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ANXIETY

What To Do When You Feel Broken Inside?

10.17.17

In life, there are circumstances in which we simply have no control over; for example, our birthplace, genetic predispositions, cultural background, traumatic events, or illnesses. These among other situations influence the way we see ourselves as well as others. Our natural instinct is to survive and even when there is no physical danger, our mind still does a good job at helping us feel and stay safe. Our amazing problem-solving machine (the mind) gives us advice when it perceives something is not comfortable and pleasant. Though part of our mortal experience includes adversity and challenges, our mind does its best to keep us away from discomfort and pain. We are all broken. There is no single mortal being who does not have an external

Comparison: The Perfectionist’s Incessant Urge

9.26.17

View original article published in Psych Central– Alice had experienced many successes in her youth. She was gifted with athletic skills, intelligence, and an outgoing personality. She qualified for a scholarship in college and graduated with honors from a prestigious program. Alice enjoyed the praise of others, and felt she should be happy but was not. She had developed the habit of comparing herself with others. When she could not keep up with what she believed were others’ expectations, she felt anxious and depressed. She would say, “If I make a mistake, others will judge me, and I will be nothing!” Perfectionism is a topic of interest to many because of the impact it can have in individuals’ lives. There is nothing wrong with having a d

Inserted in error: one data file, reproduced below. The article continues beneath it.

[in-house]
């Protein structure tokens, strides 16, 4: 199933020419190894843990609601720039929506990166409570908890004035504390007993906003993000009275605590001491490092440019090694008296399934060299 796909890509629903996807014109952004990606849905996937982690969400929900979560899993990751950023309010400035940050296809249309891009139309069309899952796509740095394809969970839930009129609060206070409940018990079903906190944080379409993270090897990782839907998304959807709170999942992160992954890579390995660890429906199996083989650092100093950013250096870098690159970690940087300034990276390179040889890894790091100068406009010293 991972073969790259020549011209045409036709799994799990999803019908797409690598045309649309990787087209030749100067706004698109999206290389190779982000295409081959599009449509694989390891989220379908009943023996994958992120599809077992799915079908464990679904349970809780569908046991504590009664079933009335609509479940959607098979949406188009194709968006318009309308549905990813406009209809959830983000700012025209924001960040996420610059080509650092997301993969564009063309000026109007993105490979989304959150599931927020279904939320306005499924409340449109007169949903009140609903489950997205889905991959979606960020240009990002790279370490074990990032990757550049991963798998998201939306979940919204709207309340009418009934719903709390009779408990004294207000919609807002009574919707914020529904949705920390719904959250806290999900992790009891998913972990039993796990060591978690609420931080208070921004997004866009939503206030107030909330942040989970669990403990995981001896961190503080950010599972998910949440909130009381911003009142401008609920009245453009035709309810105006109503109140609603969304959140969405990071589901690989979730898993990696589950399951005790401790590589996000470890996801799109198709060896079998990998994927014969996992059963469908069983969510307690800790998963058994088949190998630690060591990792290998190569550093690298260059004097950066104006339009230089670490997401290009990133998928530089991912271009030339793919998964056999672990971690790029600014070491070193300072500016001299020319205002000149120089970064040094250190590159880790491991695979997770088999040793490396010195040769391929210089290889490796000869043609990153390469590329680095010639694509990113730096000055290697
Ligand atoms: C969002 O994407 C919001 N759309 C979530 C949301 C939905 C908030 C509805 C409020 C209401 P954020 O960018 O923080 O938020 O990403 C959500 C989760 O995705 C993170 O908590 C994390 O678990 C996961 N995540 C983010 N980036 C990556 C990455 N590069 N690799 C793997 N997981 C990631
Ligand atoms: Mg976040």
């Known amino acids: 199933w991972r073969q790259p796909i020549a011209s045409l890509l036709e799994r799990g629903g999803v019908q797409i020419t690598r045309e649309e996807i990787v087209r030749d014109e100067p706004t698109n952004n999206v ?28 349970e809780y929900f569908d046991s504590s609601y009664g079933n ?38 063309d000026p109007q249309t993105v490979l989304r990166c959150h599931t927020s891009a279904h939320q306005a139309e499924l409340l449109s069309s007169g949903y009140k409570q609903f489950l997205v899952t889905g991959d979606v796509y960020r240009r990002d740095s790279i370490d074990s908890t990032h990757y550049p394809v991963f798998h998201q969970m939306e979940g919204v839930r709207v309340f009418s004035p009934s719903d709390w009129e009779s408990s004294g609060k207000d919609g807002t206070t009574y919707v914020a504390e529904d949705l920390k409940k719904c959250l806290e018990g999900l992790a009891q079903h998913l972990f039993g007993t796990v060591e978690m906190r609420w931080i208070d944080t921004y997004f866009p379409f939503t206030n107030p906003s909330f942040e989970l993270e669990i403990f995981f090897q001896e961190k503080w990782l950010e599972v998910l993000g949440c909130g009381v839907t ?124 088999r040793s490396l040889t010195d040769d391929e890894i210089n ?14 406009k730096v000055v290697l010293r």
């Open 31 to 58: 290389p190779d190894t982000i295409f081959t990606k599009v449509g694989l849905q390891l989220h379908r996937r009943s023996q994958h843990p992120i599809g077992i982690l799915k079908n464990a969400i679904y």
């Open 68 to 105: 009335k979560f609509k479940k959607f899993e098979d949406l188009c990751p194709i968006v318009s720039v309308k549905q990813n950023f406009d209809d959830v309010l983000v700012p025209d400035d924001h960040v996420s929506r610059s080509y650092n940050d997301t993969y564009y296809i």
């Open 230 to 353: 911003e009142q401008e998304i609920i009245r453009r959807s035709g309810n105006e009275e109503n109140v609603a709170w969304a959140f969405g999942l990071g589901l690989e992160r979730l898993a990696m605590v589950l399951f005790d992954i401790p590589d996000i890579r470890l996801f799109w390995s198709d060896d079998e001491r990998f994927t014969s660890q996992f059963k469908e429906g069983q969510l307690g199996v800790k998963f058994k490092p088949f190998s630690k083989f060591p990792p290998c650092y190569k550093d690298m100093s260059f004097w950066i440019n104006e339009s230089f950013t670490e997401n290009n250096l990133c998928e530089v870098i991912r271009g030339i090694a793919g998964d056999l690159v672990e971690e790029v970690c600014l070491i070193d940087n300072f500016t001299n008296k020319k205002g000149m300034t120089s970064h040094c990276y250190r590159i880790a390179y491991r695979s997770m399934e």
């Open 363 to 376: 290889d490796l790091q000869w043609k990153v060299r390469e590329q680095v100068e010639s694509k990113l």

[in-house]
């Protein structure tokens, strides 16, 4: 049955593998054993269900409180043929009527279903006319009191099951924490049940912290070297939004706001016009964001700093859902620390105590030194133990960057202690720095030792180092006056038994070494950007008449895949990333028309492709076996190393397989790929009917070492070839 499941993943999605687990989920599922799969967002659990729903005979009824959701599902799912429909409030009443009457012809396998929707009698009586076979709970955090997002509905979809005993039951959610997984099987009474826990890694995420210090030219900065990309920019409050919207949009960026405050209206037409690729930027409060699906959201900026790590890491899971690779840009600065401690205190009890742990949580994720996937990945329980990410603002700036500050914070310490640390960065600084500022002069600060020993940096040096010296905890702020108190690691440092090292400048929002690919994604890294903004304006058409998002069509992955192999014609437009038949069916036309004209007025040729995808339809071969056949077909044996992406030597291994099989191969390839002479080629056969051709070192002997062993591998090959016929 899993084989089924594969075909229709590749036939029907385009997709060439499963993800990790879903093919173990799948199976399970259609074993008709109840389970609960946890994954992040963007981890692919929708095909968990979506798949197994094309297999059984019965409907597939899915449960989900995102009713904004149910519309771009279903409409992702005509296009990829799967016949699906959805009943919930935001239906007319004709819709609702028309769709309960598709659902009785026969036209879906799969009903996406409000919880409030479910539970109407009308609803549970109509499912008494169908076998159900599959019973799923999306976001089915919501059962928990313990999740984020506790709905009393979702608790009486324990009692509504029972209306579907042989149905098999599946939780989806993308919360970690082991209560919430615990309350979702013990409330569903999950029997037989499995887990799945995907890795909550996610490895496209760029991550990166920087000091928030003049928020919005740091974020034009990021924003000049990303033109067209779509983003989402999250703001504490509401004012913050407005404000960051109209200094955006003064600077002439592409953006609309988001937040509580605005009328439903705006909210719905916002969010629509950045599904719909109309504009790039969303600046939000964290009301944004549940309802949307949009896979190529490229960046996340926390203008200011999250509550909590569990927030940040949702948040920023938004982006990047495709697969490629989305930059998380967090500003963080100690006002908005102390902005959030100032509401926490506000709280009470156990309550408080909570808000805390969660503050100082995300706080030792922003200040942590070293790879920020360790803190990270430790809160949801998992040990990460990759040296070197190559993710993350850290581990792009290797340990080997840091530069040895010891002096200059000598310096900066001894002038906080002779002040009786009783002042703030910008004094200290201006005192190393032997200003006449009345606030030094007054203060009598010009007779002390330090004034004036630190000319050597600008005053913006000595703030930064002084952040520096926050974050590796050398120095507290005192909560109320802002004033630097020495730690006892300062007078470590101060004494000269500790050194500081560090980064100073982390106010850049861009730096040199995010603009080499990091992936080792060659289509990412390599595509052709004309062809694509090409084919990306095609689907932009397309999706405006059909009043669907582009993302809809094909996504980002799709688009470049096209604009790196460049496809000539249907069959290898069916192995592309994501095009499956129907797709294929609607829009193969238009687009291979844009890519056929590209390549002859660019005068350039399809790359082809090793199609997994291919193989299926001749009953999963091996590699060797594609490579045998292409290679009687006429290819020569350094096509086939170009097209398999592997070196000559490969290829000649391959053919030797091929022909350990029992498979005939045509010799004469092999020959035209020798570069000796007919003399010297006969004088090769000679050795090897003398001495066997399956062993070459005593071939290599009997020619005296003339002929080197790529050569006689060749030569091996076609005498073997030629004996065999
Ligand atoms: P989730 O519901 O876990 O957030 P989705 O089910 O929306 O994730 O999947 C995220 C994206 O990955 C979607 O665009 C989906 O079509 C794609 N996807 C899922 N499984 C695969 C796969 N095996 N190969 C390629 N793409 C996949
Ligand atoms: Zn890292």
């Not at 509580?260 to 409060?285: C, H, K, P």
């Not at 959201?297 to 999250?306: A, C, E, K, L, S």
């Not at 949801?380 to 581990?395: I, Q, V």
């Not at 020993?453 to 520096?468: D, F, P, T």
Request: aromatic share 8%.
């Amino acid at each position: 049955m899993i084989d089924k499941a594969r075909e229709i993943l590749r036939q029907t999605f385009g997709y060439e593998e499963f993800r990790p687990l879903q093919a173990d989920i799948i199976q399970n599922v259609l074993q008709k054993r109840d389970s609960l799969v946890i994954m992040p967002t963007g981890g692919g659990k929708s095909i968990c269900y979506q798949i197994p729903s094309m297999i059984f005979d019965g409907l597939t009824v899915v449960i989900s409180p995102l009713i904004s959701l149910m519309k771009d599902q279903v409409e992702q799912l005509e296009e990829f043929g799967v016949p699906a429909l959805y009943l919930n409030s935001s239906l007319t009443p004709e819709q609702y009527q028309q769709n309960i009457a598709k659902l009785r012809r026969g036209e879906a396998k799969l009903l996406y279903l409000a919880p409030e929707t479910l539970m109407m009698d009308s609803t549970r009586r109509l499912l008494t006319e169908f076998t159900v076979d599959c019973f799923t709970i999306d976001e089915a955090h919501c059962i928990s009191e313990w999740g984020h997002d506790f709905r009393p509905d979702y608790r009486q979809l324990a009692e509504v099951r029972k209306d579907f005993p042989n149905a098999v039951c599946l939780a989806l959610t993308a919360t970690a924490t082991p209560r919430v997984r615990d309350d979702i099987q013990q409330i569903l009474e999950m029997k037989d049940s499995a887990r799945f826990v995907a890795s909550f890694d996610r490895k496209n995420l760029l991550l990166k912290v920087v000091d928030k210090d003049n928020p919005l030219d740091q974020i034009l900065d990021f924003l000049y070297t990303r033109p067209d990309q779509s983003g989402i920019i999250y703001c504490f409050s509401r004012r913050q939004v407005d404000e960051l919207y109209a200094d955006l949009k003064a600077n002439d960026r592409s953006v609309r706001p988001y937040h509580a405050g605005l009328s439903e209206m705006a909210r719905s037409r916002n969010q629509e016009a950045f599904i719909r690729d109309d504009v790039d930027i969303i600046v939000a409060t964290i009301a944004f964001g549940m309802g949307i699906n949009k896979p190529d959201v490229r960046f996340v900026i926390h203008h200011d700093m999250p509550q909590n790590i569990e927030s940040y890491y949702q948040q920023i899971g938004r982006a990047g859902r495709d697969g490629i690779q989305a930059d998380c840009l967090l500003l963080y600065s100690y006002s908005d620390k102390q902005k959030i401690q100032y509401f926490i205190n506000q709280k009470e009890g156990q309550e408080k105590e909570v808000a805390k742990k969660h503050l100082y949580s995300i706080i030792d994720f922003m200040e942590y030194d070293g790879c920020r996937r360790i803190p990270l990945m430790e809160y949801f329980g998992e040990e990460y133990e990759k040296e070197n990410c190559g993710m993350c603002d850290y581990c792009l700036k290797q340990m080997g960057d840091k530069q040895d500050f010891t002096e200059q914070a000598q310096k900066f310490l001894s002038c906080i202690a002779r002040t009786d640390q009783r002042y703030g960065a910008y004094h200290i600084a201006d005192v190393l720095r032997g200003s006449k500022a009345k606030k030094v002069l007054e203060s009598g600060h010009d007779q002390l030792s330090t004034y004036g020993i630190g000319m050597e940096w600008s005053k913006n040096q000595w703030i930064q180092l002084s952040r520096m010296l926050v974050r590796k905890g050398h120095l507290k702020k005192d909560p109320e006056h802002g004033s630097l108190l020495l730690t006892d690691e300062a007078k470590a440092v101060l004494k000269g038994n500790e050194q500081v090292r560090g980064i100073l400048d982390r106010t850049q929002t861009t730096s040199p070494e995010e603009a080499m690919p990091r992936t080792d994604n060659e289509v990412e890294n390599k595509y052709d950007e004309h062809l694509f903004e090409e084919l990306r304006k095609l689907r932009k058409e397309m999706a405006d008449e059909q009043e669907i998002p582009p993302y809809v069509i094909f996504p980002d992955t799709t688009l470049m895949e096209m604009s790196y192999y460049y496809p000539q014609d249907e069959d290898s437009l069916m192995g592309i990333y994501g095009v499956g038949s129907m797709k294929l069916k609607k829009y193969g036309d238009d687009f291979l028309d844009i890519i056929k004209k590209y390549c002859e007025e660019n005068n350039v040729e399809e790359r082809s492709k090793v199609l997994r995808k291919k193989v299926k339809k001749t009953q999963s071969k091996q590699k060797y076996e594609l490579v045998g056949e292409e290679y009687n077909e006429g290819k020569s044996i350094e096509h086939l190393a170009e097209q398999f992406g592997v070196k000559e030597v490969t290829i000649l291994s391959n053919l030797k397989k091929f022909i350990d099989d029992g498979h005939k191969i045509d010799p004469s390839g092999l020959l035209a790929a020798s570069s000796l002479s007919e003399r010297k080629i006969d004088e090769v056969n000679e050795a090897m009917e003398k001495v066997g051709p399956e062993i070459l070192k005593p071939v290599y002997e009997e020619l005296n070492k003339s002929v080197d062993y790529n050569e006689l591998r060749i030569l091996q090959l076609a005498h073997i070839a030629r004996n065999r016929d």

Own Your Anxiety and Become a Discoverer!

7.25.17

View original article published in Psych Central– Nathaniel, a college student had been suffering from anxiety for over two years. He found psychological help through his university but continued to feel lonely in his journey. He had chosen to hide his anxiety from his family and friends for fear of been judged as weak. As he continued with therapy, he decided to be open about his challenges. One day he said, “I feel like I can move on with my life. I don’t need to be thinking about hiding my struggles. I can own it because I’m more than my anxiety!” Nathaniel’s anxiety didn’t completely go away, but he learned to notice his thoughts, feelings, sensations, and urges with flexibility and curiosity. He discovered that when he spoke about his

Insights from the 24th International OCD Conference in San Francisco

7.12.17